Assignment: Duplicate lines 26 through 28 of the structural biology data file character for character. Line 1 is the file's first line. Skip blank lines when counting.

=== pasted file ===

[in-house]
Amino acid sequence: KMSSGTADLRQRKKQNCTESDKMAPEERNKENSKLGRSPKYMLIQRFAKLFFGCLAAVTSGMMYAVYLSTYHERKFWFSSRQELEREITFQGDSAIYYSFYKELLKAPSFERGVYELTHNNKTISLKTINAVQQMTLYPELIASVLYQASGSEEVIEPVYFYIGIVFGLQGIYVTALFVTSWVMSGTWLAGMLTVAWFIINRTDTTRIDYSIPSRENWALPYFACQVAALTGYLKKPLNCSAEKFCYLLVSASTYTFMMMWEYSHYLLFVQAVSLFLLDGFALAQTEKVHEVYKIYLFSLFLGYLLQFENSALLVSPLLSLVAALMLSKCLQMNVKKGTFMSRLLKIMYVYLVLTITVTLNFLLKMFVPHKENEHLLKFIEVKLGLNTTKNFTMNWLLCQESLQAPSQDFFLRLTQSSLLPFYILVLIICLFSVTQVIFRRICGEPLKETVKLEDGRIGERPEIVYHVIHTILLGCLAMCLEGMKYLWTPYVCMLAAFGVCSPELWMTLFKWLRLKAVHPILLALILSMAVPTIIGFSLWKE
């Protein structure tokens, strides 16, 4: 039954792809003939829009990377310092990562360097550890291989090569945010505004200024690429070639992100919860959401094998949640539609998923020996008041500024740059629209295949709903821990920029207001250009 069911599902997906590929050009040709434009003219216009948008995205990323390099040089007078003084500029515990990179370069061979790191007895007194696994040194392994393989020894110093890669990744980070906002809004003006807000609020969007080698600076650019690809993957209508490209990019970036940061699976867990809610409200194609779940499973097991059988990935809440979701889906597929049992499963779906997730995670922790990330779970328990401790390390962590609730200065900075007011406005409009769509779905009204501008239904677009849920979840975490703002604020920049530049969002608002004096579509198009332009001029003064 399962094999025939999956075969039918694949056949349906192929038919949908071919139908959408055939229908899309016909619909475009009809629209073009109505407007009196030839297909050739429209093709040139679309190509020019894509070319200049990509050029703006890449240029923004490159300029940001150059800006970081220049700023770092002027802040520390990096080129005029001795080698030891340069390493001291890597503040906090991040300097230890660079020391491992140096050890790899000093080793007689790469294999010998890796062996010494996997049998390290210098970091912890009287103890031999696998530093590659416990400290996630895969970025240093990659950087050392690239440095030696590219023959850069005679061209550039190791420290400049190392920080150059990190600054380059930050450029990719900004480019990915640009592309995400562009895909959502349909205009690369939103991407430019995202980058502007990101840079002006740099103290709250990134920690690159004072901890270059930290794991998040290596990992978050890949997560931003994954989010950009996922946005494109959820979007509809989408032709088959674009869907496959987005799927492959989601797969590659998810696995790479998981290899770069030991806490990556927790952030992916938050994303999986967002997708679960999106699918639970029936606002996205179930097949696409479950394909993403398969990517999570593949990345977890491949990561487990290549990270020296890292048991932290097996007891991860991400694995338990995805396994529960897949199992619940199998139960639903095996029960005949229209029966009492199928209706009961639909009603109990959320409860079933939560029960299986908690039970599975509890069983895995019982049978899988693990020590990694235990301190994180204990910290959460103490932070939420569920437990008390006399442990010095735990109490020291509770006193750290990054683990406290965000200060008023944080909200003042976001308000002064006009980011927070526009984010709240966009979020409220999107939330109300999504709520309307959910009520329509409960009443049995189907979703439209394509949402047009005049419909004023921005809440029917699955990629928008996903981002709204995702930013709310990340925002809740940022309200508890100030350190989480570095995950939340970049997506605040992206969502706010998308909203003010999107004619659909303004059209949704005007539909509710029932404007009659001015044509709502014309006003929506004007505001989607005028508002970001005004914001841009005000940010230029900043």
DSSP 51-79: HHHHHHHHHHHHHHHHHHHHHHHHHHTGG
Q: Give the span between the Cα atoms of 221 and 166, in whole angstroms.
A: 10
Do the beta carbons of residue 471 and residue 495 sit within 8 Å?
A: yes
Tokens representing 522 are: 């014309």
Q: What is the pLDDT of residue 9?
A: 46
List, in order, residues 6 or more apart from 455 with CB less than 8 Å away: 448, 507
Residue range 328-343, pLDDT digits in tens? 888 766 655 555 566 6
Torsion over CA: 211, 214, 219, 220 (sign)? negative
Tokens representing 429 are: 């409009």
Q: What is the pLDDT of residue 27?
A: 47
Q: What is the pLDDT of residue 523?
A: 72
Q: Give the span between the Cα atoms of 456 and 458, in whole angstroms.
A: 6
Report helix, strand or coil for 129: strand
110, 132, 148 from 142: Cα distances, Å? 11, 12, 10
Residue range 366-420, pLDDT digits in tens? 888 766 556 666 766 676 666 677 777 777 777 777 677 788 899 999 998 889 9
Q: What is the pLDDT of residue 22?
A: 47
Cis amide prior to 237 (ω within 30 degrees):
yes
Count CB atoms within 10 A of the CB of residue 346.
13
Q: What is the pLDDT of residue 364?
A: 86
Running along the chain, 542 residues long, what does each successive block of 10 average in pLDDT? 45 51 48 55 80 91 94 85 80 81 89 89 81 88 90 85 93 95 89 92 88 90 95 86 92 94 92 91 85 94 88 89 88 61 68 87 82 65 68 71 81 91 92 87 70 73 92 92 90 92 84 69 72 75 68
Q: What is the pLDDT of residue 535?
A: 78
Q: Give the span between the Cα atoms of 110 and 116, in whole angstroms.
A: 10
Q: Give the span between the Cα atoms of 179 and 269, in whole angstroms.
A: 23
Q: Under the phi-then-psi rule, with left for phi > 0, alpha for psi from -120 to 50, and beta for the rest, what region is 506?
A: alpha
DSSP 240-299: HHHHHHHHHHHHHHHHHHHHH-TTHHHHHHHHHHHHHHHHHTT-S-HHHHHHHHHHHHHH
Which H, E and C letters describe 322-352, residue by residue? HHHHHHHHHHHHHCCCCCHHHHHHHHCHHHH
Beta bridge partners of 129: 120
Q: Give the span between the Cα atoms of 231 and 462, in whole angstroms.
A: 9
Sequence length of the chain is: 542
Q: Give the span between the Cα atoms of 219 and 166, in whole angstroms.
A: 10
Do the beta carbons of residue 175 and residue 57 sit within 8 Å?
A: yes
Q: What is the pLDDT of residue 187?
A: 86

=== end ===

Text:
A: 47
Cis amide prior to 237 (ω within 30 degrees):
yes